Last Sunday our church congregation honored two of its recent high school graduates as they prepared to embark this fall on their college careers. As the worship service opened, one of the college-bound duo, along with her younger sister, performed a selection on piano. Although I am by no means a connoisseur of classical music, I recognized the piece to be a Chopin composition. The young woman performed it expertly. The piece itself is quite beautiful and moving just to sit and listen to a recorded version, but I have to admit to being even more transported by the music upon hearing it performed live in the church sanctuary. In addition to the undeniable beauty of the piece, something about the proximity of hearing the notes and chords struck and feeling the vibrations emanating from that wooden box elevated the experience considerably. It would not be an exaggeration to say that as the notes filled the sanctuary, I could feel some part of myself lifted upward, taking its place among the sounds reverberating in the space.
I can’t speak for others in the congregation. Their experience may have been quite different from mine. However, the round of applause that followed the performance, a rarity at these gatherings, indicated that others were quite taken by the music as well. For much of the pandemic, these services were conducted via Zoom. Trying to simulate a church service over the internet imposes a number of limitations. People gather together to worship, pray, fellowship, make music and sing. Much of that cannot be accomplished via a video/audio link with each person or family stuck inside their box, set apart from the whole. The whole is important. It is vital that individuals gather together to create the body that is offering worship, song and praise. Anyone who has ever been to a large sporting event, and given their attention to cheering and supporting their team, has felt the energy or spirit that is generated by being among the body of supporters. As fun as it is to watch a game on tv or gather with a group of people on the internet, none of it can approximate the experience of gathering together in the same physical location with the collective attention focused on a singular goal or purpose.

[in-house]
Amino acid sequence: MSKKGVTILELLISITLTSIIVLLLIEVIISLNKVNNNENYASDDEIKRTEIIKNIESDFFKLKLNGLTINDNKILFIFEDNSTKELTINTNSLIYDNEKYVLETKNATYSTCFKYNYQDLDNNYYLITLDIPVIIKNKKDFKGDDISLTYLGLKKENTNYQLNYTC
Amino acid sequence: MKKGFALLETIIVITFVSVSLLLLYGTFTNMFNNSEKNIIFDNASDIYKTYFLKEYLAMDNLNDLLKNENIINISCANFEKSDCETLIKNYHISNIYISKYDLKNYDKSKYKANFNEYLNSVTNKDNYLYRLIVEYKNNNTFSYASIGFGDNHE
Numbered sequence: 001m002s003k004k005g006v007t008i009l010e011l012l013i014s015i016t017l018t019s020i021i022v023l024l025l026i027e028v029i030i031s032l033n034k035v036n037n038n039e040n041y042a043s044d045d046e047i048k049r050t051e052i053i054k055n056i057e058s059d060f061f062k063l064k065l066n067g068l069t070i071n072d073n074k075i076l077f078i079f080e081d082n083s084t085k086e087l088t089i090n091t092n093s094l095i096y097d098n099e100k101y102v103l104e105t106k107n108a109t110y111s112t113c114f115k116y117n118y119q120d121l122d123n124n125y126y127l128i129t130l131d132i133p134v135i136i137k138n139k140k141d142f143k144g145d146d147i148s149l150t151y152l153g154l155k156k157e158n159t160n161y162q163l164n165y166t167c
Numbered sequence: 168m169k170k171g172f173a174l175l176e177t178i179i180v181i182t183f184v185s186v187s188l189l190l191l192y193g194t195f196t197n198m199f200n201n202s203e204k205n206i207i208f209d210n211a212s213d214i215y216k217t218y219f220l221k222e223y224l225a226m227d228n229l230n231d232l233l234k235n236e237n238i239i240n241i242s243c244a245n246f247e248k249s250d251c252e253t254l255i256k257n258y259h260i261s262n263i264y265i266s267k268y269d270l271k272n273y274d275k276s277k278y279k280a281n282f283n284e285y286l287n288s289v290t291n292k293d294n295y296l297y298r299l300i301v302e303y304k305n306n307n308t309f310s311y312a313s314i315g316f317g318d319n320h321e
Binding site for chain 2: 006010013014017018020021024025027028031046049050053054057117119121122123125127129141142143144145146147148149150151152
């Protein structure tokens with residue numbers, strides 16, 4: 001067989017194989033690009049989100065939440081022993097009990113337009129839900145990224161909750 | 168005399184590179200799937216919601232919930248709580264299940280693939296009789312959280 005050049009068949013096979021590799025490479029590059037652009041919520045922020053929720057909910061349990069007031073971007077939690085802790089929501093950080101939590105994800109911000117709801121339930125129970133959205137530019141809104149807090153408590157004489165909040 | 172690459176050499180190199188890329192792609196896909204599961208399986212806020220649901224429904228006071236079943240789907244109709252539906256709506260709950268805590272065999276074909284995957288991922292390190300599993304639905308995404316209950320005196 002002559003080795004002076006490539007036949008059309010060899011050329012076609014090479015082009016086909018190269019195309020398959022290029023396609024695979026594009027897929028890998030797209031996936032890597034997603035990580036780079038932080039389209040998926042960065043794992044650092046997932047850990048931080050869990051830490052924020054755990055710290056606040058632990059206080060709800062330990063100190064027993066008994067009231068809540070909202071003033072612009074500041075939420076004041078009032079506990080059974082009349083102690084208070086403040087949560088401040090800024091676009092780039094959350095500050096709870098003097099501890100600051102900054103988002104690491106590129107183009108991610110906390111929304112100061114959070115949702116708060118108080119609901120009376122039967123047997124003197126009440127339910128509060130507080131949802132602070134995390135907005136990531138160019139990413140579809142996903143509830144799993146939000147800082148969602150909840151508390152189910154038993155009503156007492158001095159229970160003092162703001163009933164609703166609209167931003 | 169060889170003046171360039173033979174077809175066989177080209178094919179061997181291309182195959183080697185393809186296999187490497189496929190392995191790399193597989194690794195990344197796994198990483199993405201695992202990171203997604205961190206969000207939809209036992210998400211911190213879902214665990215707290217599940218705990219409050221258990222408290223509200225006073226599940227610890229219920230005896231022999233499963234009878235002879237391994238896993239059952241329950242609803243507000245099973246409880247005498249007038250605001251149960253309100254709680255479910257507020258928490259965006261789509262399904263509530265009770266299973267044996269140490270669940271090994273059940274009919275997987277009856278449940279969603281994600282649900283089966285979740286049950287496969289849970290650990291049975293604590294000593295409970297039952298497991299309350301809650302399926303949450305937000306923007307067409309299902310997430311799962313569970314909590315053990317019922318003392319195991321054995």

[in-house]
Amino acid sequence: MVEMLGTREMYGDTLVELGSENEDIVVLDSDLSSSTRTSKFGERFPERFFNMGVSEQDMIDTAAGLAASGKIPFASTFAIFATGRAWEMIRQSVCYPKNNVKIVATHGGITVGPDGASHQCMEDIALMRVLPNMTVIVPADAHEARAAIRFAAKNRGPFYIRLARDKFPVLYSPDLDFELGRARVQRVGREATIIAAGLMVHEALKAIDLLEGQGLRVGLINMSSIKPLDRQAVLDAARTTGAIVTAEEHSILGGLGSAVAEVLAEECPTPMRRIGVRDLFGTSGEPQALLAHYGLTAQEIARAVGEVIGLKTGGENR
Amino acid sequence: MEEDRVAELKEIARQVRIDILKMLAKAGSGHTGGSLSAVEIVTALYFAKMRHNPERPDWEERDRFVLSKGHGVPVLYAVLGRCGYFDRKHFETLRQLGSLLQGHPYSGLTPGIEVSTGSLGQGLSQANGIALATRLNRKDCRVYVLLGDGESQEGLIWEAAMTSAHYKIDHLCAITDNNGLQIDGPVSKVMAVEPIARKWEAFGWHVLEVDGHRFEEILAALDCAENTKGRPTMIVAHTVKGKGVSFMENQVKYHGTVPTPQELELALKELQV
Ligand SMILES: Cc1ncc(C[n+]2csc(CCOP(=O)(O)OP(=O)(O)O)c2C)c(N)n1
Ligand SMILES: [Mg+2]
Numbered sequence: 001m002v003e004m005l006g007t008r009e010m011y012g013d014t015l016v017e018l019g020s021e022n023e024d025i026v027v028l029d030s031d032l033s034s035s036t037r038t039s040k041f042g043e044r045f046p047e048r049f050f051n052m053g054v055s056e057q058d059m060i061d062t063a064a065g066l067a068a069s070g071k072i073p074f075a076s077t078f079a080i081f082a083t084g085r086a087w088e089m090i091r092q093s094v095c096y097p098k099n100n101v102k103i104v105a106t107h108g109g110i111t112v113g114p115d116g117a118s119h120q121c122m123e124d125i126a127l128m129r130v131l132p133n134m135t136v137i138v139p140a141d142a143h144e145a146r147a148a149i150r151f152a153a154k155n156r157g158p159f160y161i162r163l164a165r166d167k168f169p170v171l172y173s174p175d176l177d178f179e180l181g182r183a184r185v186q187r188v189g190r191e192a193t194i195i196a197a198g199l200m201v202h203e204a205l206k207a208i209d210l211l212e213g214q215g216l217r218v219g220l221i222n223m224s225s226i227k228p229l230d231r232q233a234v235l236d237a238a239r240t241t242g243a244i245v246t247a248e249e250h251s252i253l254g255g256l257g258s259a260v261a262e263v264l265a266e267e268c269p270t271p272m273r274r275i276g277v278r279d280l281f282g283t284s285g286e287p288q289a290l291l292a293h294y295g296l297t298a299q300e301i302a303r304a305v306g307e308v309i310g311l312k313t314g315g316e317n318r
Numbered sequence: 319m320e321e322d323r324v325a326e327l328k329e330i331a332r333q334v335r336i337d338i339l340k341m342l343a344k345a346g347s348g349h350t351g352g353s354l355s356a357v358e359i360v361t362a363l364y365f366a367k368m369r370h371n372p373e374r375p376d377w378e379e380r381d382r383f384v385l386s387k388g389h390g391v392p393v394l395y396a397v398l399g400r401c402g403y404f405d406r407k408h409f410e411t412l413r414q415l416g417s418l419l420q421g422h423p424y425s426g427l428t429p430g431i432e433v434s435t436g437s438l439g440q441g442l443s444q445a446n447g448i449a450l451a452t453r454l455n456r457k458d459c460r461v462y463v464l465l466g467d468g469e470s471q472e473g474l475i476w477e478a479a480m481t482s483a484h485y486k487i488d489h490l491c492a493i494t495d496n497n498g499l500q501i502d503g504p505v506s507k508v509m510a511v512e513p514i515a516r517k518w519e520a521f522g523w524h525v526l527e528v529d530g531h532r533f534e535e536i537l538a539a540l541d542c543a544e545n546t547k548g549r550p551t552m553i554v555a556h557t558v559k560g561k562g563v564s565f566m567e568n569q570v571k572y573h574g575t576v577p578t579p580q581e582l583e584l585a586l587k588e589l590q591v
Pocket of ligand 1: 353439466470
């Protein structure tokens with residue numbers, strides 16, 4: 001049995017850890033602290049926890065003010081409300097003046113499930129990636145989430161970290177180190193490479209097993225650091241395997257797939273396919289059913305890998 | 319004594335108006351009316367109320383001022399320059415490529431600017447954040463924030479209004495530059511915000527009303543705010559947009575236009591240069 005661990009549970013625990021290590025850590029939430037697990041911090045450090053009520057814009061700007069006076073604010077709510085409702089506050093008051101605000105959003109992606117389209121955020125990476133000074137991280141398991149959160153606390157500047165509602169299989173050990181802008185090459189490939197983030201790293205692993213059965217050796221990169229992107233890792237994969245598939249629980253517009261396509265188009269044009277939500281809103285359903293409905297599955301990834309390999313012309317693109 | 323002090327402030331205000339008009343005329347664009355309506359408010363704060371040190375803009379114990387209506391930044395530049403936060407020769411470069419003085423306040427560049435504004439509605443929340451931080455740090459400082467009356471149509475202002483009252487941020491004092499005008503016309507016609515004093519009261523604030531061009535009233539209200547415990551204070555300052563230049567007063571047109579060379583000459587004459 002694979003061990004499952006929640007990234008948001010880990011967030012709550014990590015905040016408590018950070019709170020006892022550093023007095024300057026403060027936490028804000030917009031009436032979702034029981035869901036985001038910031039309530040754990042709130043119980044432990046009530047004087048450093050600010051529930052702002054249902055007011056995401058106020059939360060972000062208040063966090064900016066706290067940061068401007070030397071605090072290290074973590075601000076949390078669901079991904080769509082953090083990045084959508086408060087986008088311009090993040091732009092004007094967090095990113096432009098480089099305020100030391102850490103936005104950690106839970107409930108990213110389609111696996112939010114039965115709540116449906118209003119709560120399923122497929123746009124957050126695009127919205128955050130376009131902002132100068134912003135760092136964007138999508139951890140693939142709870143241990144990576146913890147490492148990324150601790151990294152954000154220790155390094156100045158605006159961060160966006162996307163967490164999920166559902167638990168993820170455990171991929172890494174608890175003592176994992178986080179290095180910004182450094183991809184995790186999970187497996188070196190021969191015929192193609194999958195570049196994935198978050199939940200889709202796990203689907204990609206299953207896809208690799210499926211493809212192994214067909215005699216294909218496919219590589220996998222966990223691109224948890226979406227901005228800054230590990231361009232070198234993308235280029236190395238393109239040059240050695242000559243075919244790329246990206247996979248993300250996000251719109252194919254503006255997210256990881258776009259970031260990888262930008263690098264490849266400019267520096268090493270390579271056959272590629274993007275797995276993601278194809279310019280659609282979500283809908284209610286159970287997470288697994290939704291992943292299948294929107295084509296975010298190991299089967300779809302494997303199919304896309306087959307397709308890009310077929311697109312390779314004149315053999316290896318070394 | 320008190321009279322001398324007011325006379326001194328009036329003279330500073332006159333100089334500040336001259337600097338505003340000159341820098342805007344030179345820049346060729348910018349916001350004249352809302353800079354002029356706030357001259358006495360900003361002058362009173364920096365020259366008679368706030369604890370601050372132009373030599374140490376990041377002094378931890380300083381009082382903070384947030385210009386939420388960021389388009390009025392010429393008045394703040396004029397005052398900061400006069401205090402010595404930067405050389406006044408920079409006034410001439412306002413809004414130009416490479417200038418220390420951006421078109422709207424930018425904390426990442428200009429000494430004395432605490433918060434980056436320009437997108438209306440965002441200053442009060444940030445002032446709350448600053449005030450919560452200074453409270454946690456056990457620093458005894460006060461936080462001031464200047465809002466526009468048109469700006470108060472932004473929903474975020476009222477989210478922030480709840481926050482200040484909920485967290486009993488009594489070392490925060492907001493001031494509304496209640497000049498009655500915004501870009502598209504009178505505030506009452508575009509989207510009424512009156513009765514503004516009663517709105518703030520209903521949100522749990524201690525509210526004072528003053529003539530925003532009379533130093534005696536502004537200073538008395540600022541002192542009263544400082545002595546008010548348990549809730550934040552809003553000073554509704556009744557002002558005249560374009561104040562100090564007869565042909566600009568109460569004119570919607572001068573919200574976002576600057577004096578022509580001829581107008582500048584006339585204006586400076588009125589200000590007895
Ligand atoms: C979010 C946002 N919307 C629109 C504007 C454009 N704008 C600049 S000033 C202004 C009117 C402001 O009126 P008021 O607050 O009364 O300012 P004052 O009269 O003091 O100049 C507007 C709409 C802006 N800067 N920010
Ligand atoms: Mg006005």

Which is why It strikes me as something of a fool’s errand that these tech developers are working so earnestly at creating virtual spaces to simulate physical reality or provide a “better” alternative to it. In the process of duplication, some part of what is being copied is always lost. In the music example, a digital recording is always going to fail to capture the fullness and completeness of the sound. No doubt they will try to simulate a concert experience where you or your avatar can be present at the performance of a famous band or a symphony orchestra. Duplicating the immense complexity of that kind of live performance would be impossible. Both the physics and the previously mentioned nonphysical qualities would preclude it. But, of course, that is not the intention of the techsters. Their aim is to get users to expect less, to be satisfied with a dumbed-down version of reality. They reduce people to an avatar with a flag or a couple of symbols next to their name and then corral them into a virtual space lacking in richness and complexity, a realm they control where the outcomes are predictable. Far from embracing human potential and possibility, the technobrats are engaged in a kind of reductionism. I’ll stick with being elevated elsewhere.